|Listed||April 7, 1993|
|Description||Rosette shrub with gray sword-like leaves and a tall stalk bearing many flowering heads.|
|Habitat||Moist mountain forests and bogs.|
|Threats||Feral pigs and goats, low reproduction.|
Argyroxiphium kauense (ka'u silversword) is an erect rosette shrub consisting of a woody vegetative stem, 1-27 in (2.5-43 cm) high, and a flowering stem that grows to a height of 2-8.5 ft ( 0.6-2.5 m). The vegetative stem bears narrow, sword-shaped leaves, 7-16 in (18-40 cm) long, which are nearly covered with dense, silky, silver-gray hairs and appear dull when dry. The flowering stem is branched, with each branch bearing a flower head producing 3-11 ray flowers that are 0.4 in (1 cm) long and 50-200 smaller, disk flowers. Individual plants produce about 100-350 flower heads. The white or yellow to wine flowers bloom in August and September. Following its period of bloom, the plant dies.
The species has also been known as Argyroxiphium sandwicense var. kauense. It is closely related to the endangered Mauna Kea silversword (A. sandwicense ssp. sandwicense ) which occurs on bare volcanic cinder on nearby Mauna Kea.
Ka'u silversword is found at elevations between 5,300-7,600 ft (1,615-2,316 m) on the south slope of Mauna Loa on the island of Hawaii, mostly in moist forest openings and bogs. It grows on both flat and sloping ground in pahoehoe lava, sometimes mixed with wet humus. Associated vegetation is scrub and scrub forest, dominated by ohia trees (Metrosideros polymorpha ). At the bog sites the surrounding vegetation consists primarily of sedges.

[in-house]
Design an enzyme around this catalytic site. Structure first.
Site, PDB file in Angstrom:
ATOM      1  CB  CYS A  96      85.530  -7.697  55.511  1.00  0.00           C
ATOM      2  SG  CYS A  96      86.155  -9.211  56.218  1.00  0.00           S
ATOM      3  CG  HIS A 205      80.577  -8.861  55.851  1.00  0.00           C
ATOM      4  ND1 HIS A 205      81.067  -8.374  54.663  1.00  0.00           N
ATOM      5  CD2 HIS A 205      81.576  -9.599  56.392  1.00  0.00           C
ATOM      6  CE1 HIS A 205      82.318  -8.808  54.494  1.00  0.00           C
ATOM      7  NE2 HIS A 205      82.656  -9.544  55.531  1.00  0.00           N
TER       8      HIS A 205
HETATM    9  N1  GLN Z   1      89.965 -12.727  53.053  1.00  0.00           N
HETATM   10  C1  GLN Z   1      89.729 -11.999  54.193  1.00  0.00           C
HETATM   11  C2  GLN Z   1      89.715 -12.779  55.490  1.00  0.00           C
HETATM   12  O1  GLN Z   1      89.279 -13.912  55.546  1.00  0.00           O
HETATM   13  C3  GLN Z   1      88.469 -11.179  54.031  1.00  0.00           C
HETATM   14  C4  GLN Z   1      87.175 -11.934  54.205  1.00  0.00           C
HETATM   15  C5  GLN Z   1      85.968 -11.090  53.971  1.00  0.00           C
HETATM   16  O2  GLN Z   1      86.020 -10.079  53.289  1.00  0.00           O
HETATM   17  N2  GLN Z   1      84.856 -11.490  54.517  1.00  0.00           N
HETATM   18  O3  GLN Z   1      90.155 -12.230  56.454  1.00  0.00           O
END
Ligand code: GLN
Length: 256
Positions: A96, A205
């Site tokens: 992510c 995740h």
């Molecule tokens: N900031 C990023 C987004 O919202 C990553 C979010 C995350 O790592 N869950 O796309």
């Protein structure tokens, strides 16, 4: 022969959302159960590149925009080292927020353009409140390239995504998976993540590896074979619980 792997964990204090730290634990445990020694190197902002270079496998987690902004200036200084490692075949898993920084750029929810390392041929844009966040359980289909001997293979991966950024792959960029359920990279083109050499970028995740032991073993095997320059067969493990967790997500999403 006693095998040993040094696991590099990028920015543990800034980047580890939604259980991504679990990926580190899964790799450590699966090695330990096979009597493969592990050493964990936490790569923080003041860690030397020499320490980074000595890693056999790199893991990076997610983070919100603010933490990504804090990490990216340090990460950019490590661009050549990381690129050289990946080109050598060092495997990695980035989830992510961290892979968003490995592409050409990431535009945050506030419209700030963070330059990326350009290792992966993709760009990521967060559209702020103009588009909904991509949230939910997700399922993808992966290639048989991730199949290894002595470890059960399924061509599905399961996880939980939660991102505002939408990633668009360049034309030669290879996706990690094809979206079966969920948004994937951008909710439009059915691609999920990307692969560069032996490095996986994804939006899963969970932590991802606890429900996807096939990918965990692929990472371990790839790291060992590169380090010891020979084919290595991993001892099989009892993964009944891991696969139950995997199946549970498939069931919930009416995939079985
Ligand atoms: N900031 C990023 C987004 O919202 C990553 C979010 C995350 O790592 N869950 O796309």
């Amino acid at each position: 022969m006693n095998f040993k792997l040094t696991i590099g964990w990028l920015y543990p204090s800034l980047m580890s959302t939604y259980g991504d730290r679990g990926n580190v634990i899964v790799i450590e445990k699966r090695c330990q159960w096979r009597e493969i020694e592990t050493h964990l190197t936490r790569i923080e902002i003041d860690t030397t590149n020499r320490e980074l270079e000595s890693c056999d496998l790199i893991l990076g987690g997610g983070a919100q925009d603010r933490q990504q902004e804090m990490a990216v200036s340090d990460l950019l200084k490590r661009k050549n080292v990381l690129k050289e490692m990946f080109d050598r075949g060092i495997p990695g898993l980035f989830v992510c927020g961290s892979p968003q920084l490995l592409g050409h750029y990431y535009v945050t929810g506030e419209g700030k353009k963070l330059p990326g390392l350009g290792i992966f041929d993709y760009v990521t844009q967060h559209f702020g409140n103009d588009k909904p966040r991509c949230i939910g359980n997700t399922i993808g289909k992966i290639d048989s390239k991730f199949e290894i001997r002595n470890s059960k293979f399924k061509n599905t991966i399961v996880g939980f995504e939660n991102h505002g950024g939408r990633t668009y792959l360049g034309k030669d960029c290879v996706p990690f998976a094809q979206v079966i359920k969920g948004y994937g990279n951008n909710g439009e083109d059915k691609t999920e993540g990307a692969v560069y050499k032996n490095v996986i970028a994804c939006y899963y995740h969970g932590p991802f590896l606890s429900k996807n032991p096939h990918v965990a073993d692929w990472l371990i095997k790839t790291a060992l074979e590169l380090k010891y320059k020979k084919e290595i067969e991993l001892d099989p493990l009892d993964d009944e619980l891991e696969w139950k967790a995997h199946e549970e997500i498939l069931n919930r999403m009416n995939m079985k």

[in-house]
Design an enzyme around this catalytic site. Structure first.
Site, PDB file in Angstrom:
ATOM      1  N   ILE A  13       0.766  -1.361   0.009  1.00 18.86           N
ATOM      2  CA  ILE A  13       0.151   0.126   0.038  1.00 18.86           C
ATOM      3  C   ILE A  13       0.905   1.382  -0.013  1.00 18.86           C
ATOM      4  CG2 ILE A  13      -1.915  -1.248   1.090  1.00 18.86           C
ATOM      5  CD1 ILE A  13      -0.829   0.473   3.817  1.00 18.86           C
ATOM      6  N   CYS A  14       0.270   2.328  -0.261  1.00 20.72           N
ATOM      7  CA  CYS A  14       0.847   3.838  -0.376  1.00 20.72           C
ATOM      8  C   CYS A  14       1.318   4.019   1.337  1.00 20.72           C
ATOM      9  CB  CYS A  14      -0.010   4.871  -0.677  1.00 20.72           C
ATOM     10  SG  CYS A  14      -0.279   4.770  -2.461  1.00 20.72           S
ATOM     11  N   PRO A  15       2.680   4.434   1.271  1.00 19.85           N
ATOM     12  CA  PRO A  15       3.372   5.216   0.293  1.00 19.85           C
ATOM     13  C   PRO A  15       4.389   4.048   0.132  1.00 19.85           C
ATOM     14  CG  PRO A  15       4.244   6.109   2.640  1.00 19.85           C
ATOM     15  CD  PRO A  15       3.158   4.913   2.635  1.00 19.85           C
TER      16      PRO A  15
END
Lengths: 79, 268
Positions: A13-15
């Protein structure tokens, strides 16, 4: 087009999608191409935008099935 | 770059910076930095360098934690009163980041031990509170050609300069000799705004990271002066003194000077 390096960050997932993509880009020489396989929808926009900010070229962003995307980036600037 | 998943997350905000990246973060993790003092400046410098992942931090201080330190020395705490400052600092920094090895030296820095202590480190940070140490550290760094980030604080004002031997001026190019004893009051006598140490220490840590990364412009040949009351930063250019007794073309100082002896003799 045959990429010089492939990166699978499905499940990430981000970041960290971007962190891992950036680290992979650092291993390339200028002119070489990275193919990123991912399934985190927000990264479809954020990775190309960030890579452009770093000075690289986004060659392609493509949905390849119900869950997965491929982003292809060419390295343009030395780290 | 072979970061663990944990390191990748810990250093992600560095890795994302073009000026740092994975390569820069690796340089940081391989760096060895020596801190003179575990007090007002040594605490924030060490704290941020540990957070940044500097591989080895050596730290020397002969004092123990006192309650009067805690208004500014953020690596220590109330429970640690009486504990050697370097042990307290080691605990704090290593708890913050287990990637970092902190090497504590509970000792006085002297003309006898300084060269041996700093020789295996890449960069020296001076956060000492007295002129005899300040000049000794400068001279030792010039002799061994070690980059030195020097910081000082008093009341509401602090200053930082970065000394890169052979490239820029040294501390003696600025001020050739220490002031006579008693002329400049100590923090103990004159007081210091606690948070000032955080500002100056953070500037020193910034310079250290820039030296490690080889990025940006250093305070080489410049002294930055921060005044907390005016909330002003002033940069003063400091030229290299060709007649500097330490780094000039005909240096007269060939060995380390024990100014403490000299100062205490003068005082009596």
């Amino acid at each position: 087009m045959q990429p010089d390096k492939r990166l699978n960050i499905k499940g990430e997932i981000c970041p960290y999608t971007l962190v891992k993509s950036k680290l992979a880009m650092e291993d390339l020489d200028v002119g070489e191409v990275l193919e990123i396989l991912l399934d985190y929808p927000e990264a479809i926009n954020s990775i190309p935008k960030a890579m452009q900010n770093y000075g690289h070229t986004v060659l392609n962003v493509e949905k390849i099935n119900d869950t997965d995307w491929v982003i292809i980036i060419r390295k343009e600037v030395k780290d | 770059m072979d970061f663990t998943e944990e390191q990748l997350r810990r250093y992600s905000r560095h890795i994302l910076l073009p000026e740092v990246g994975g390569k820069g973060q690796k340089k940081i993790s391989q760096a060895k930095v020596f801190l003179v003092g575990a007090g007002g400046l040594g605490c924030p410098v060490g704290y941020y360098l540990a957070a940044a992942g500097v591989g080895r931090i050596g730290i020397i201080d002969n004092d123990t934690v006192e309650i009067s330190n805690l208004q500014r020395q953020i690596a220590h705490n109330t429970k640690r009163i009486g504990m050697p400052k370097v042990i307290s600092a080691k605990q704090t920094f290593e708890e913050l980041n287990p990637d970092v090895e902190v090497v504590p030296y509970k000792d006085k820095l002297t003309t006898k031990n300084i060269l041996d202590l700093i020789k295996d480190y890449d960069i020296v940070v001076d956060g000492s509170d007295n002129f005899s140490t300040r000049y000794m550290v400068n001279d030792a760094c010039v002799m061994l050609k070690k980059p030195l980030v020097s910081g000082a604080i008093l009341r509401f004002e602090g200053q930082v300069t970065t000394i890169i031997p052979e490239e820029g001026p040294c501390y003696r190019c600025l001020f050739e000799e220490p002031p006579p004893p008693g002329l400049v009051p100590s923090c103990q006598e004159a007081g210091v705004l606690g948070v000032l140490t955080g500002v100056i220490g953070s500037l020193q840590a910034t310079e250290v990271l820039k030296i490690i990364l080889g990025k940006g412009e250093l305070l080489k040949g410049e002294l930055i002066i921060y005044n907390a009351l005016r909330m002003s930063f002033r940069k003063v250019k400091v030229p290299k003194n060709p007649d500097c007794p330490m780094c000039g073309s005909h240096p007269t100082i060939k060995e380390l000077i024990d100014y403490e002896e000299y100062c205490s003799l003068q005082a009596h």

Ka'u silversword was first collected on the south slope of Mauna Loa in 1911 and has been found nowhere else. It may have once occurred in a band across the south, southeast, and northeast flanks of Mauna Loa at an elevation of about 6,000 ft (1,830 m).
Populations of Ka'u silversword exist in three areas: Upper Waiakea Forest Reserve (South Hilo District), the Ainapo Trail in the Kapapala Forest Reserve and the Kahuku Ranch (Kau District), and at Ke a Pohina on the same ranch. The total species population is estimated at less than 400 plants. In the Upper Waiakea Forest Reserve about 80 plants are found at the Upper Waiakea Bog Plant Sanctuary off Powerline Road where one-third of an acre is fenced. Near the Ainapo Trail, a sparse population of a few dozen plants was scattered over 15 mi (24 km) of habitat and, although not documented since 1984, presumably still exists. The only large population is on private land at Ke a Pohina where five acres of Ka'u silversword habitat, supporting less than 300 plants, are fenced.
The overwhelming threat to the Ka'u silver-sword is destruction of plants and habitat by feral herbivores, including mouflon (wild Mediterranean sheep), pigs, and goats. All graze on the plants and, in addition, rooting pigs inhibit the establishment of seedlings and uproot existing plants. Plants that have been grazed often resprout with branched stems and exhibit reduced vigor. The only large remaining population, at Ke a Pohina, has been greatly reduced by a herd of mouflon. In 1974, when the animals were released the Ka'u silversword population consisted of thousands of plants, many of them fully mature with rosettes 3.3 ft (1 m) in diameter. Two years later only about 2,000 plants were over 3 in (8 cm) wide. The decline has continued and today less than 300 plants remain. Before part of the plant's habitat at the Upper Waiakea Forest Reserve was fenced, that population fell from about 1,000 plants to 20 immature individuals.